Your emergency fund should consist of highly liquid investments, such as a savings account, CD or money market fund, and should amount to at least three months’ living expenses. If you decide to go the savings-account route, you might want to look beyond the bank where you keep your checking account in order to obtain the highest possible rate. If you are willing to take on more risk, check out our list of the best mutual funds for short-term goals.
Open a Roth IRA
A Roth IRA is an excellent complement to a tax-deferred retirement account such as a 401(k). Unlike a 401(k), to which one contributes pretax dollars, Roth IRAs are funded with aftertax dollars, but funds withdrawn in retirement (including the built-up capital gains) are tax-free. Those new to the work force are often in a relatively low tax bracket – meaning that they’re not taking a big tax hit on the dollars that they’ll contribute to the Roth – and the tax-free Roth withdrawals help offset the potential of higher taxes (which they’ll pay on their 401(k) withdrawals) in retirement. Investors can contribute up to $4,000 to a Roth IRA this year, subject to income limitations, and contributions can be withdrawn from the account if needed.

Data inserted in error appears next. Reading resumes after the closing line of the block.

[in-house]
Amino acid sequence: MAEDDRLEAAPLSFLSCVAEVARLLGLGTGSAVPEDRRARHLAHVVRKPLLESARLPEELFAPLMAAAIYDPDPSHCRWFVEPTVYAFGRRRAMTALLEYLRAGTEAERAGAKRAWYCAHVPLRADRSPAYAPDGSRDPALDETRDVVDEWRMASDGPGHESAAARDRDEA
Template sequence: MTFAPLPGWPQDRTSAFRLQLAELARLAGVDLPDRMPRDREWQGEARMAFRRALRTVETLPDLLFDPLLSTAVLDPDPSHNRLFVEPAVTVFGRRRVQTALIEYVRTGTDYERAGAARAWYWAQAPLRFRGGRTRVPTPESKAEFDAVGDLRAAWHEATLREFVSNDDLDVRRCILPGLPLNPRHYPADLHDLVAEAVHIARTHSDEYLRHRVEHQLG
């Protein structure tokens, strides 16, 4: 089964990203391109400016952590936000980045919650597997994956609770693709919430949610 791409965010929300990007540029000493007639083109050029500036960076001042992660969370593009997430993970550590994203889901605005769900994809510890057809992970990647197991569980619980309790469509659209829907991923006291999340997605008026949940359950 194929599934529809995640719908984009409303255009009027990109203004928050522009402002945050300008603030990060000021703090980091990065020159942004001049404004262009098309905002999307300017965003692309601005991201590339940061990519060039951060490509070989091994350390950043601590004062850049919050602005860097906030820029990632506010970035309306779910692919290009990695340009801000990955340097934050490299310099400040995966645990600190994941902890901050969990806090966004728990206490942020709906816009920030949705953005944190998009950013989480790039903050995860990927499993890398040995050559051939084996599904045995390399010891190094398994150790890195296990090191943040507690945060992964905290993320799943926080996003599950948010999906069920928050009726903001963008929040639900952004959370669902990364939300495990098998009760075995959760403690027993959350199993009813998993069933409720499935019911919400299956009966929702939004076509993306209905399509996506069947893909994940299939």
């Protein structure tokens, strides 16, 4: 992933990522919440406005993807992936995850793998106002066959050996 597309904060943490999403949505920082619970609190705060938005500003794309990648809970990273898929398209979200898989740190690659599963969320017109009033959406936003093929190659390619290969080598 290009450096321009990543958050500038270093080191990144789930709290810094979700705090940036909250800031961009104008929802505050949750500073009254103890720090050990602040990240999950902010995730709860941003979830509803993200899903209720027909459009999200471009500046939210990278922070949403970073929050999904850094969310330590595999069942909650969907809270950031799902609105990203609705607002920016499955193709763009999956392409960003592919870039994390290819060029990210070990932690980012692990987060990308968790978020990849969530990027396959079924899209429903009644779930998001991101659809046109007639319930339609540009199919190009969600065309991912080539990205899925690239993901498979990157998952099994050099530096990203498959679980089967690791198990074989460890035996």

Auto-invest is best
Making a habit of investing is probably the best thing you can do to meet your goals. Making automatic contributions to your investments eliminates the temptation to trade your investments based on market news; it also discourages you from trying to time your entry into the market. This approach (referred to as dollar-cost averaging) also allows you to buy shares when your investment is both up and down, potentially smoothing out your returns.
Dollar-cost averaging also enforces discipline. If you’re contributing to a 401(k) plan, your contribution is deducted directly from your paycheck, meaning you never even see that money. In addition, many other financial-service companies make it easy for you to save on a regular schedule by allowing you to have your investment contributions deducted directly from your paycheck or bank account on a regular basis.
I’d lean toward the paycheck option. Company human-resource departments are no longer limiting payroll deductions to just 401(k) and health care expenses; many employers will also let you have savings and investment contributions taken directly from your paycheck. You’re likely to find it easier to live without this money because it’s taken out before you get your check. And you won’t have to worry about having the funds in your checking account on a certain day each month to cover these withdrawals.
If you’re not completely comfortable with the subject of finance, we suggest the following books to help get you started. They provide the simple, straightforward basics on many of the topics listed above and will give you the tools and confidence necessary to put your financial profile on solid footing. A couple of our favorites include “Morningstar Guide to Mutual Funds,” “Wall Street Journal Guide to Understanding Money and Investing,” and “The Only Investment Guide You’ll Ever Need.”
Andrew Gogerty does not own shares in any of the securities mentioned above.